I see it all the time. The teams I work with get done with practice or a game and away they go. I see it at running races and triathlons. This also goes for people that have physically demanding jobs (delivery persons, waiters, factory & construction workers, police, fire, teachers, etc). As soon as they’re done, they’re done. Rarely do I ever see anyone do a proper cool down any more. I mention it to my coaches and they complain about time constraints etc. I mention it to other athletes and get the same from them. Heck, even I do it. We use all of our time for our workouts, but don’t leave time for a cool down. Rarely does anyone skip a warm up, but rarely do they have time for a cool down despite the evidence showing that it is just as important as the warm up (and possibly more important in regards to injury prevention).
Part of the reason behind doing a cool down is that the lower lever activity helps keep blood flowing to and from the muscles properly. This helps keep toxins that are produced during heavy exercise as a result of microtraumas to the muscles from pooling in the muscles. They are flushed out by the continued muscle contractions and fresh nutrients and oxygen which the muscles need to repair themselves are delivered. And yes, heavy exercise does cause muscle and tendon damage, but that is part of the process for making muscles stronger. Break them down, and the body builds them back better than before. But it needs help doing it, and that is why the cool down is important. The longer and harder the workout, the longer the cool down should be.
What I find to be the most important part of the cool down is stretching. Research has shown that a dynamic warm up is better than static stretching before activity, but the old fashioned static stretching still does the trick after workouts. Exercise can cause muscles to shorten and tighten up, and the best time to address this is while the muscles are still warm. By stretching at the end of the cool down, the muscles are still pliable and receptive to stretching and it helps return them to preworkout length. Once the muscles have fully cooled down the tightness is pretty well set in and much more difficult to fix. On a regular basis I have athletes come into my athletic training room complaining of muscle tightness or sore or painful muscles and they have specific onset or mechanism of injury. They often will have tried doing extra stretching before activity to compensate, but will have no improvement as a result of it. After doing a proper history on them I find that they do no cool down or stretching after activity, and that simply getting them to do a proper cool down with stretching will steadily start alleviating their problems. In effect, when not doing a cool down, you are training your muscles to be shorter and tighter.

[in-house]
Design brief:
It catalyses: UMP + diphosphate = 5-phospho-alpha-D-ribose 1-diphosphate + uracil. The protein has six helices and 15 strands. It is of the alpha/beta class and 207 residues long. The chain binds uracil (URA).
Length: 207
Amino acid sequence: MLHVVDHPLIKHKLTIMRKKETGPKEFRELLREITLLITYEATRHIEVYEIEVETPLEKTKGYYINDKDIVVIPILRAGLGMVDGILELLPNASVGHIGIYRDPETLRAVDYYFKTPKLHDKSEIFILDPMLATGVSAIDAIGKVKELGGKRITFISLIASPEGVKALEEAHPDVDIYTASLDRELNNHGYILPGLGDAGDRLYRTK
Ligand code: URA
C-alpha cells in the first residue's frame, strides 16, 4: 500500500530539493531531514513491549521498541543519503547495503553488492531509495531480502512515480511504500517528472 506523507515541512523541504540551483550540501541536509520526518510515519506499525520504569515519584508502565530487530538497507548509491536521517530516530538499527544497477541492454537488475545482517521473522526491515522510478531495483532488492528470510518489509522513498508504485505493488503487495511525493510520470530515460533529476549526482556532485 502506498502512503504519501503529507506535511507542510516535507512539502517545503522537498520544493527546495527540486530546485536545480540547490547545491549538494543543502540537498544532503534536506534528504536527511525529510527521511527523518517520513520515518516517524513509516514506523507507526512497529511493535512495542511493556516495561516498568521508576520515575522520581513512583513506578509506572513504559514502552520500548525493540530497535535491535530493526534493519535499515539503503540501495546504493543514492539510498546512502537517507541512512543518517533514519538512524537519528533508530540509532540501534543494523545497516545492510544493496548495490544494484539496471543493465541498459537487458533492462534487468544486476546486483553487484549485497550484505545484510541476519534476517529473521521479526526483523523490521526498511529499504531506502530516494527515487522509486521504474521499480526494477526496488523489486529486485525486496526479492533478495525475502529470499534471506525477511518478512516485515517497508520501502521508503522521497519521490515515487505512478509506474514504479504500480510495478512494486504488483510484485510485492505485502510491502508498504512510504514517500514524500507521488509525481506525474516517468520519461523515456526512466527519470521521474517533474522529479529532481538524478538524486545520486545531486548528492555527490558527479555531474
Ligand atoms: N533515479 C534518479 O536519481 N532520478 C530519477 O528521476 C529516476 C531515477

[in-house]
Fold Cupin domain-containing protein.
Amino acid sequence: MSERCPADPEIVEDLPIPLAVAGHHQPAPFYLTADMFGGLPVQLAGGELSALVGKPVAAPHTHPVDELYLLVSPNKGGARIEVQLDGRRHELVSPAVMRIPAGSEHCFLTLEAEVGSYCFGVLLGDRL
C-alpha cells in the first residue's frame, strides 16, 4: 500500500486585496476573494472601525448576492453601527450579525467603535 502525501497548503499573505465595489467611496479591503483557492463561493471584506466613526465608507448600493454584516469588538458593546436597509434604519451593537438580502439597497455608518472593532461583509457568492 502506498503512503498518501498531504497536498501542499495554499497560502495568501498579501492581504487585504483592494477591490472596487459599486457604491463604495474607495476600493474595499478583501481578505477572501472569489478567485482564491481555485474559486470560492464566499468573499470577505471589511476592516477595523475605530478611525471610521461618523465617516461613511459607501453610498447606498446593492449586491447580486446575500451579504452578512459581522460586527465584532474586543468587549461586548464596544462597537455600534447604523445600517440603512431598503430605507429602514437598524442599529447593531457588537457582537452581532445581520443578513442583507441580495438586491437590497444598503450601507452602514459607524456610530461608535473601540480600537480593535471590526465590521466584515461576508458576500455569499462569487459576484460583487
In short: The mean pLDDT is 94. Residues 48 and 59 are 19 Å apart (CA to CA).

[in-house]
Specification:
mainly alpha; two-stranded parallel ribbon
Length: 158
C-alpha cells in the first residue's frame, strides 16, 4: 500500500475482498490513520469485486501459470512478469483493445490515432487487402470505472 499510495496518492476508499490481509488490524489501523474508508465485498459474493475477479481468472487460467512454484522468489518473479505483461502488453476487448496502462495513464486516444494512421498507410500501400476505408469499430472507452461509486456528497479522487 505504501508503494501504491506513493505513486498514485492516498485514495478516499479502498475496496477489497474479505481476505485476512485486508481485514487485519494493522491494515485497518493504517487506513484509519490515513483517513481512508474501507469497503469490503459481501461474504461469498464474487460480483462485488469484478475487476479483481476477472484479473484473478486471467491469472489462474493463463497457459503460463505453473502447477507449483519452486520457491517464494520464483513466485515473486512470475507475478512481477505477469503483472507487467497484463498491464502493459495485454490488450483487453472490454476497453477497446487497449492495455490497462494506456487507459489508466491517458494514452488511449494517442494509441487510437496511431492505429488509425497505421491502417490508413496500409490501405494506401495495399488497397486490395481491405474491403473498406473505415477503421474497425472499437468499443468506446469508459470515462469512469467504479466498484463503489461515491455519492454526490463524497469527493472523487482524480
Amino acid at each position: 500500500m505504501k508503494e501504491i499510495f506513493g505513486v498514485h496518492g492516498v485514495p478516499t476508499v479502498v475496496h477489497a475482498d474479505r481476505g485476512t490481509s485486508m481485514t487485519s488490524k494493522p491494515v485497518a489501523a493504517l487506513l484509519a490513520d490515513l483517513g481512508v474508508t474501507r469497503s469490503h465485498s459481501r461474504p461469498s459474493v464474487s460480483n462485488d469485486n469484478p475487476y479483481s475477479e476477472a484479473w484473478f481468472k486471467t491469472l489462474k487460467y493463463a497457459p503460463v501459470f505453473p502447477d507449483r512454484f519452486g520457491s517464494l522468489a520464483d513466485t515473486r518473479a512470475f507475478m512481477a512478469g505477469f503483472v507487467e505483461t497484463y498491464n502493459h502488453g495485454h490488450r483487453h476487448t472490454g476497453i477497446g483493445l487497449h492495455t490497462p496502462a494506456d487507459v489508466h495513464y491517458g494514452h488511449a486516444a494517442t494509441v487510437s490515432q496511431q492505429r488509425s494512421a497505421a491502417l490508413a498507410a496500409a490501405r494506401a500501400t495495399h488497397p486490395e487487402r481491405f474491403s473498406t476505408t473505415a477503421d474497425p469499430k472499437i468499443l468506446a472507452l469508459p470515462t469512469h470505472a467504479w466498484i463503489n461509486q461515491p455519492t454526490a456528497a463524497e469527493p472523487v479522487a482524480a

There are several other added benefits to doing a proper cool down. By restoring muscles to their proper length, instead of causing them to shorten with each workout, there will be an increase in range of motion. This causes a decreased chance of muscle strain and rupture. Also, when muscles are tight, the opposing muscles have to work harder to do their job, which increases fatigue, limits strength and speed. By keeping your muscles longer and more flexible you can see slight endurance, speed and strength improvements. It can help you better perform at your job, decreases fatigue, and generally makes you feel better the whole day.
Need help figuring out a proper warm up or cool down, or just have questions? An athletic trainer can help you.
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